From the Editor
Jul 17, 2013
Nga hau e wha
The anecdote I like best about Mark Solomon’s knighthood is one he told about initially balking at the honour and being told to ‘pull his head in’. It wasn’t for him, it was for the tribe, he was firmly told and it was his job to get up there to Wellington and receive the honour on behalf of the tribe.
Some customs are worth holding on to and some should be moved on from. I have always been ambivalent about knighthoods and I wasn’t thrilled when Prime Minister John Key announced in 2009 that the titles of Dames and Knights were to be restored to the New Zealand honours system.
But watching the pleasure of tangata whenua and manuhiri at Takahanga Marae in Kaikōura as they celebrated Tā Mark’s knighthood allowed even a contrarian like me to realise that sometimes the honours mean a heck of a lot more than a title for an individual. In Tā Mark’s case, it was recognition for the work he has done for Ngāi Tahu and Māoridom. And boy, does he put in the hard yards. After that long day at Takahanga, he was up at 5am the next day to catch a plane to Australia for a speaking engagement at a conference. Ngā mihi nui Tā Mark.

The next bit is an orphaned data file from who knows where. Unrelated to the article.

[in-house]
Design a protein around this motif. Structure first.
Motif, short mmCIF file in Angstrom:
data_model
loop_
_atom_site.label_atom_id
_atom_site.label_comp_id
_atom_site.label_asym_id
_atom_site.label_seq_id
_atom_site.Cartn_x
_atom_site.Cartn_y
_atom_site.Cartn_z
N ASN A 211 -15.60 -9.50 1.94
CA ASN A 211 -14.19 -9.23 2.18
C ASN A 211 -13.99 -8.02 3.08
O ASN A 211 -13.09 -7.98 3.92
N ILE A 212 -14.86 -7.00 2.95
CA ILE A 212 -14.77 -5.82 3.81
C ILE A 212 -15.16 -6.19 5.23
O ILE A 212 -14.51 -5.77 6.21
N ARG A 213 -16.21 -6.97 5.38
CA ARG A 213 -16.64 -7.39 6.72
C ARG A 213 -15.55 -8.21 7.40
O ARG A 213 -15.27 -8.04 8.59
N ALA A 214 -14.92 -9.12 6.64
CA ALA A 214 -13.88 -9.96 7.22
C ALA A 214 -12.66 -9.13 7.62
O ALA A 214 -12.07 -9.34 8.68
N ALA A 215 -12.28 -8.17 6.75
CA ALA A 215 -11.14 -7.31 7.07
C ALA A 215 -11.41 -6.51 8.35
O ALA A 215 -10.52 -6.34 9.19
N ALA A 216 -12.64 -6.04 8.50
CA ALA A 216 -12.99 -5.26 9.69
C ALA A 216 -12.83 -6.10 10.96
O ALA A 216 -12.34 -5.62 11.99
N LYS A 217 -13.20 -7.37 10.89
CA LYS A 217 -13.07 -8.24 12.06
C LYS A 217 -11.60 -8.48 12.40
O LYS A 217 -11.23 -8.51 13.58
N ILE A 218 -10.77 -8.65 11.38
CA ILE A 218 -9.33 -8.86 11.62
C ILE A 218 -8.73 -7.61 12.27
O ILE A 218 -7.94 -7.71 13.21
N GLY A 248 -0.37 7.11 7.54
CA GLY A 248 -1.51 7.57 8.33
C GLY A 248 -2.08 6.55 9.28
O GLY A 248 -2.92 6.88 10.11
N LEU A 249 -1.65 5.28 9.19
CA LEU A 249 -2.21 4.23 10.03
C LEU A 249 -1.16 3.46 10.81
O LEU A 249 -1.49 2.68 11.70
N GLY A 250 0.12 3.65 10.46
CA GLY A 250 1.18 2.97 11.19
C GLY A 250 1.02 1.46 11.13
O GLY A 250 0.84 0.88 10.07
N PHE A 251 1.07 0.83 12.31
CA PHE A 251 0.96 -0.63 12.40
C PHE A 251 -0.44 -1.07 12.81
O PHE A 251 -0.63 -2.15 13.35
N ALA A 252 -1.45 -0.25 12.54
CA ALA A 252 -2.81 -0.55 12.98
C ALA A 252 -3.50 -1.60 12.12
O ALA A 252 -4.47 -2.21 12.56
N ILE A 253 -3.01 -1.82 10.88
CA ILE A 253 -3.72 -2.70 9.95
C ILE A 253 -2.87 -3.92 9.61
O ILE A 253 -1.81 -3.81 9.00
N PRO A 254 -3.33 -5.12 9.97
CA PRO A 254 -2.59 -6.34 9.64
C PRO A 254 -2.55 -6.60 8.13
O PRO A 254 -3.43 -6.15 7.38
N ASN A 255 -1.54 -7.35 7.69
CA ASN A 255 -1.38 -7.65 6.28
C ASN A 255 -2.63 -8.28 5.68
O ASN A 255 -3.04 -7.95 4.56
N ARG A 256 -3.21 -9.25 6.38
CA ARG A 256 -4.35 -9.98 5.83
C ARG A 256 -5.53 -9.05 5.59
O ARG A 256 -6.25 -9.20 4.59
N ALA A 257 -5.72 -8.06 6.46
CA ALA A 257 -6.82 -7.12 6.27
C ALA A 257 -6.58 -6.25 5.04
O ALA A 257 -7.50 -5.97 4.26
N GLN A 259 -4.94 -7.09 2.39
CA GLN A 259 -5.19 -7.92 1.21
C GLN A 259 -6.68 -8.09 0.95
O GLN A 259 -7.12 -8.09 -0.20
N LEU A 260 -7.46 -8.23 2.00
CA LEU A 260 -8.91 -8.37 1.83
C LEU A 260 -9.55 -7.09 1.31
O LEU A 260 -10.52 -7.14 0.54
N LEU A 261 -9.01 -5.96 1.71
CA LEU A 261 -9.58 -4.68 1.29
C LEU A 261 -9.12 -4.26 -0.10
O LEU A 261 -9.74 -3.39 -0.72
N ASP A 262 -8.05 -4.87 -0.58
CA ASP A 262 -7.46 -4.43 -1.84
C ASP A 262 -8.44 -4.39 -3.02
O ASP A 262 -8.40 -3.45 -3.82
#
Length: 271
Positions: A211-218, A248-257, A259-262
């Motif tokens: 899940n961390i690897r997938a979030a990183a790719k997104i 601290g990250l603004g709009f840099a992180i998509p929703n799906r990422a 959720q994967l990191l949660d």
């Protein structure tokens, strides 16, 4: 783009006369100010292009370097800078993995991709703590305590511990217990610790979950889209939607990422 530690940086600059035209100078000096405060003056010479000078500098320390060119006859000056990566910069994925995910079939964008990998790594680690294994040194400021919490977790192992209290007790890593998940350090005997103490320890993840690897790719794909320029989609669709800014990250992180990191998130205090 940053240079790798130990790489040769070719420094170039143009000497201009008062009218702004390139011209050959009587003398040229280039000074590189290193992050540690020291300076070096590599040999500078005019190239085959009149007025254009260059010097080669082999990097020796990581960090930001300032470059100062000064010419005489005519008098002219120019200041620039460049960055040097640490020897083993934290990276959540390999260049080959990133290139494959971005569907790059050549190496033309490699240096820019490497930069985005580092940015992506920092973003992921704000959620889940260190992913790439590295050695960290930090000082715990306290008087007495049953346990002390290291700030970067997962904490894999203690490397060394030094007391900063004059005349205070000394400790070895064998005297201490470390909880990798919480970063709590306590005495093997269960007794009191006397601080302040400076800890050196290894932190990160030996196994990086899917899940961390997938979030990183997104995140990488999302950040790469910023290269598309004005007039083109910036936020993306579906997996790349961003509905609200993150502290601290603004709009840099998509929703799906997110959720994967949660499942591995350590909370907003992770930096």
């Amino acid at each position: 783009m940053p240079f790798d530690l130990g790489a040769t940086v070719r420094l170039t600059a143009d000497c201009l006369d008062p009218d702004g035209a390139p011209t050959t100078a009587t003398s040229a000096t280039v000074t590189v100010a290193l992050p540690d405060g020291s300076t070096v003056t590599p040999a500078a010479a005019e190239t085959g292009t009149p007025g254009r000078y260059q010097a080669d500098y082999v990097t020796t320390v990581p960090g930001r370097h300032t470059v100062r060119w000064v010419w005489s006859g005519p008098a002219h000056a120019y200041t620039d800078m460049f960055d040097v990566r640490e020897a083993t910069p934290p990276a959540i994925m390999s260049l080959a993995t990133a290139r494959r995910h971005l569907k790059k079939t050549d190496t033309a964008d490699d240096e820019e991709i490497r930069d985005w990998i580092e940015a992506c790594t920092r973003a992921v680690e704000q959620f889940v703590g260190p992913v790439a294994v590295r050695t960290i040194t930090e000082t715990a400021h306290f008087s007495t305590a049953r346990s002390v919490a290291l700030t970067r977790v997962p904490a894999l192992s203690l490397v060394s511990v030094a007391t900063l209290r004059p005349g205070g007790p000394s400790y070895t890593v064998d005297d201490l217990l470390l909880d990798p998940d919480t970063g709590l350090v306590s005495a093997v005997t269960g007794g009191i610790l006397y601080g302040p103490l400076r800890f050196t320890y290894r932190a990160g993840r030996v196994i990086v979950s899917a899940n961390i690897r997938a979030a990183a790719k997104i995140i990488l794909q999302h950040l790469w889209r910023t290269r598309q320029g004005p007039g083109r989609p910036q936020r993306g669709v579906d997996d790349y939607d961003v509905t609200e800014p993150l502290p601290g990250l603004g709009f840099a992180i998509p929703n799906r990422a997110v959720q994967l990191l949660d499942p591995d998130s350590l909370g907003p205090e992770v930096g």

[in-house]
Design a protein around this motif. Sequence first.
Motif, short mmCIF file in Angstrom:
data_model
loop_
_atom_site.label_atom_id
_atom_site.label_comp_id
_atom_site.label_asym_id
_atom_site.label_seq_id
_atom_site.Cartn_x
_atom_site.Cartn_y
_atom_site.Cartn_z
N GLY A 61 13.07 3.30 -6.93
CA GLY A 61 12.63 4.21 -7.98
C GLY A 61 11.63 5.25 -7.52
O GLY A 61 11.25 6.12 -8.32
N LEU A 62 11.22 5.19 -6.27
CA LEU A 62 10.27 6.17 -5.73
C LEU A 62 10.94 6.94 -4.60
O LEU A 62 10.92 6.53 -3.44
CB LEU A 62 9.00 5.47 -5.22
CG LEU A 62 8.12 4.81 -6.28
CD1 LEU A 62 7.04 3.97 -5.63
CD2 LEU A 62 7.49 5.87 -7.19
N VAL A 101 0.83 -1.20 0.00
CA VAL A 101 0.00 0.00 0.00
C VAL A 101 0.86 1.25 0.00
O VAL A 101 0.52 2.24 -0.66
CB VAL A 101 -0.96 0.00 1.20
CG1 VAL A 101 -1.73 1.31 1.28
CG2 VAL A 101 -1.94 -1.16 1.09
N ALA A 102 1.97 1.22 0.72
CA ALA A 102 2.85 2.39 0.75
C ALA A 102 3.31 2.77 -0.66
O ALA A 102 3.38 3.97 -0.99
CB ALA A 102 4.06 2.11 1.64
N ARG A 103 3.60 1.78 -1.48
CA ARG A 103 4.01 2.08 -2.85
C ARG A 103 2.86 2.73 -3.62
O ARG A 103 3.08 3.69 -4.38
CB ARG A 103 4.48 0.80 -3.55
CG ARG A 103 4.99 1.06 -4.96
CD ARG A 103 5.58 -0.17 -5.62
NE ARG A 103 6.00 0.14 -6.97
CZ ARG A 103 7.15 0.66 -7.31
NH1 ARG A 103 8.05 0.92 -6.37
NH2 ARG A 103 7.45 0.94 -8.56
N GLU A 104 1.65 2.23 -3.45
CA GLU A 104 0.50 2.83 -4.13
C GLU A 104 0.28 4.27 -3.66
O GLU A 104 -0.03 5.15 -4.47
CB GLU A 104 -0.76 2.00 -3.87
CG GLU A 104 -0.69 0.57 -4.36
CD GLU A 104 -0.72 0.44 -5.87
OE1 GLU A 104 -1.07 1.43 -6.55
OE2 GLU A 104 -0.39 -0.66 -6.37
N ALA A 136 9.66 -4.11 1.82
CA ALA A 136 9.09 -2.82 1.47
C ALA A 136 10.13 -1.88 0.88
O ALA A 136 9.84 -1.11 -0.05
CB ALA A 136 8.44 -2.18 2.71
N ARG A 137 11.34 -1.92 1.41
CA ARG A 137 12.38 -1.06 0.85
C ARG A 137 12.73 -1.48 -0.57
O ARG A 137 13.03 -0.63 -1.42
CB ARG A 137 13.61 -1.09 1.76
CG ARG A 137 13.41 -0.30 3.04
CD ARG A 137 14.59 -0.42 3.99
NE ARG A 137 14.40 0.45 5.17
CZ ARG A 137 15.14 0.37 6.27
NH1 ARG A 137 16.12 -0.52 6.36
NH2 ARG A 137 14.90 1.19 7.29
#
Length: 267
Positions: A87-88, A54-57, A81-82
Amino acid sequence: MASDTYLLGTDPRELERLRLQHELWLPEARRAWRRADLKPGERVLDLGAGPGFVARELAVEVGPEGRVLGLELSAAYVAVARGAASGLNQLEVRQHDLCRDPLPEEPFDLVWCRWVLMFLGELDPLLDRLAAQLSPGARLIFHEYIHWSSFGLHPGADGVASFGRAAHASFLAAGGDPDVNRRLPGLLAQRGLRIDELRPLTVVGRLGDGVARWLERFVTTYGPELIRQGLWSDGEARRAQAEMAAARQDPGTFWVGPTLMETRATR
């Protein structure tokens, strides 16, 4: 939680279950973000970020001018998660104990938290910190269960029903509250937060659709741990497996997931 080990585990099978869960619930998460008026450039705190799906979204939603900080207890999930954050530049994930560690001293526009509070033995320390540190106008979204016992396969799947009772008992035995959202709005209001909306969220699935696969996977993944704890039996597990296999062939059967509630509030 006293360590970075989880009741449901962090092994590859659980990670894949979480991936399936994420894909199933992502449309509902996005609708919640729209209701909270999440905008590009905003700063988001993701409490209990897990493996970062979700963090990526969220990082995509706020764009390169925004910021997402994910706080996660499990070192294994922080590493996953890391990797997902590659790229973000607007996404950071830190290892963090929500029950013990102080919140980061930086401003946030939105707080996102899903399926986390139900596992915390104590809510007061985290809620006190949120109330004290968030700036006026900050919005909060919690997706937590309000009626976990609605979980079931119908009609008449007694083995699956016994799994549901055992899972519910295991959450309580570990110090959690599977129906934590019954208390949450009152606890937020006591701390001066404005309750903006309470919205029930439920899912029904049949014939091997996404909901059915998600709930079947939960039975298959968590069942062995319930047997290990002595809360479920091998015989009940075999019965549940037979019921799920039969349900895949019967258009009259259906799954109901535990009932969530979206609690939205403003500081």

And congratulations to the winners at the Ngāi Tahu Reo Awards, who were honoured at a glitzy evening at Ōtākou Marae. Why is it important to celebrate reo champions? Aside from the obvious reason that te reo is a fundamental part of being Ngāi Tahu and being Māori, the awards recognised those who are meeting the challenge of keeping te reo alive. They are leading the rebirth of Ngāi Tahu reo after a couple of lost generations. Whāia e koe ki te iti kahurangi; ki te tuohu koe, me maunga teitei. Seek the treasure you value most dearly: if you bow your head, let it be to a lofty mountain.
Nā Mark Revington
Faumuinā F. M. Tafuna’i
La Fábrica Design Studio
Spectrum Print – Blue Star Business
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